The music industry has also had its fair share of Capoeira not only in its music clips, but also drawing on the various instruments used within the art that represent contrasting groups. These include heavy metal’s Soulfly and Sepultura, UK’s electronic band Leftfield, the eclectic Ben Harper and pop icons Madonna, Ricky Martin and the Black Eyed Peas.
Not wanting to be left out, the advertising industry has also frequently used Capoeira to target various audiences for products ranging from cell phones to bottled water, and in South Africa a well known Capoeira song was the principle jingle and pay-off line for a vehicle.
Now for the cynics - Capoeira is often stereotyped as simply a dance and not an effective fighting form. However, various professional MMA fighters are accomplished Capoeiristas (Capoeira practitioners), including Anderson Silva, a champion in various weight classes. It must also be remembered that the precursor to MMA in its current form, Vale-tudo was often the playground of many Capoeiristas, and Brazilian Jiu-Jitsu (BJJ) first cut its teeth against Capoeira.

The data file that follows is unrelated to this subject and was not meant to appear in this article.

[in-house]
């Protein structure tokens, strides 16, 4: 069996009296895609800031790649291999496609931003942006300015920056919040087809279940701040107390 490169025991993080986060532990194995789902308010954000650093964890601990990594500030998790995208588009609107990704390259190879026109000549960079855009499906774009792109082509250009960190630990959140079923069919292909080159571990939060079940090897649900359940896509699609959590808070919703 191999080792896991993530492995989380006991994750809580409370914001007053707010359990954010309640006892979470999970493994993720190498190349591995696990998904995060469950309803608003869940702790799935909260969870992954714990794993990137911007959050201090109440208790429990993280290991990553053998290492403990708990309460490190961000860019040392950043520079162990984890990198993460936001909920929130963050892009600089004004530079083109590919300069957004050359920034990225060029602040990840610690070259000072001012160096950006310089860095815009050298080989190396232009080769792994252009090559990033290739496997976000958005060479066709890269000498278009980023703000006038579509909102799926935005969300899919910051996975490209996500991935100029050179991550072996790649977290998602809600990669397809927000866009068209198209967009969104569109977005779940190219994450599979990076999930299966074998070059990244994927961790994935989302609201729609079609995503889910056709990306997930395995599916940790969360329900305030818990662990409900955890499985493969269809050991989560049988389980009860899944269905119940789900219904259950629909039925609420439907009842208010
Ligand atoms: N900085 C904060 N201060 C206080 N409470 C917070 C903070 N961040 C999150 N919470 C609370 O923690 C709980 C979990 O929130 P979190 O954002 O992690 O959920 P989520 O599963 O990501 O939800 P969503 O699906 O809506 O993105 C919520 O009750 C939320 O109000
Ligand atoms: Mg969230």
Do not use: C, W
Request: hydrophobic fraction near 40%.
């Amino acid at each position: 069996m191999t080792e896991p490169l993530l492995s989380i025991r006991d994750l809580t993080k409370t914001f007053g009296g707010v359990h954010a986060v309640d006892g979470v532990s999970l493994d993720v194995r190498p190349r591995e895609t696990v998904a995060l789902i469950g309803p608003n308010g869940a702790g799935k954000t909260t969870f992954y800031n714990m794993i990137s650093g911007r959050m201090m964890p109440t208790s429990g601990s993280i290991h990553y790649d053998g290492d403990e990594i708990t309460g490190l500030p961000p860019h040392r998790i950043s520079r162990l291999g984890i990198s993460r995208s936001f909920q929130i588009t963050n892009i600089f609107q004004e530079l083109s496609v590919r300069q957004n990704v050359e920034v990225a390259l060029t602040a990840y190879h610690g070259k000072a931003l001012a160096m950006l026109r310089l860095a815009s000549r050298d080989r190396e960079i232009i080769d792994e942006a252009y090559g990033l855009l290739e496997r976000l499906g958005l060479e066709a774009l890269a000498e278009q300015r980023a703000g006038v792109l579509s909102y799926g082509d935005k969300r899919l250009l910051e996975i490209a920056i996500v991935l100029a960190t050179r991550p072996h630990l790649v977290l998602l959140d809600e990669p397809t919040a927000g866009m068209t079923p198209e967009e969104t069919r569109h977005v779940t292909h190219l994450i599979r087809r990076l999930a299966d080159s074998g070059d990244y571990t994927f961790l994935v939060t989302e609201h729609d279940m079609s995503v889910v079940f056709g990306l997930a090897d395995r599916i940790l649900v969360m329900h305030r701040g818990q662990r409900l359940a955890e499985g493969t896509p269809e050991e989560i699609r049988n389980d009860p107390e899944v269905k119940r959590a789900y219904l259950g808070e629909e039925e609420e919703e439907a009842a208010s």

The many benefits of Capoeira have been increasingly used to aid social projects from Haiti to Japan. Mestre Estivador, who runs the SA Capoeira Foundation, says, “Capoeira is a fantastic way of being able to contribute to society as a whole, as it has no limitations. It can be practiced by men, women and children of any race, creed, age and fitness level. The outcomes positively influence the individual and practical results are easily observed within a short space of time.”
Mestre Estivador explains that Capoeira is a microcosm of life in general, comparing the challenge of learning new movement to challenges in life. The analogies of the game become more evident as one continues practicing the art. You have to be able to deal with your opponent while being aware of outside influences, opportunities and threats, all this and more accompanied by a soundtrack!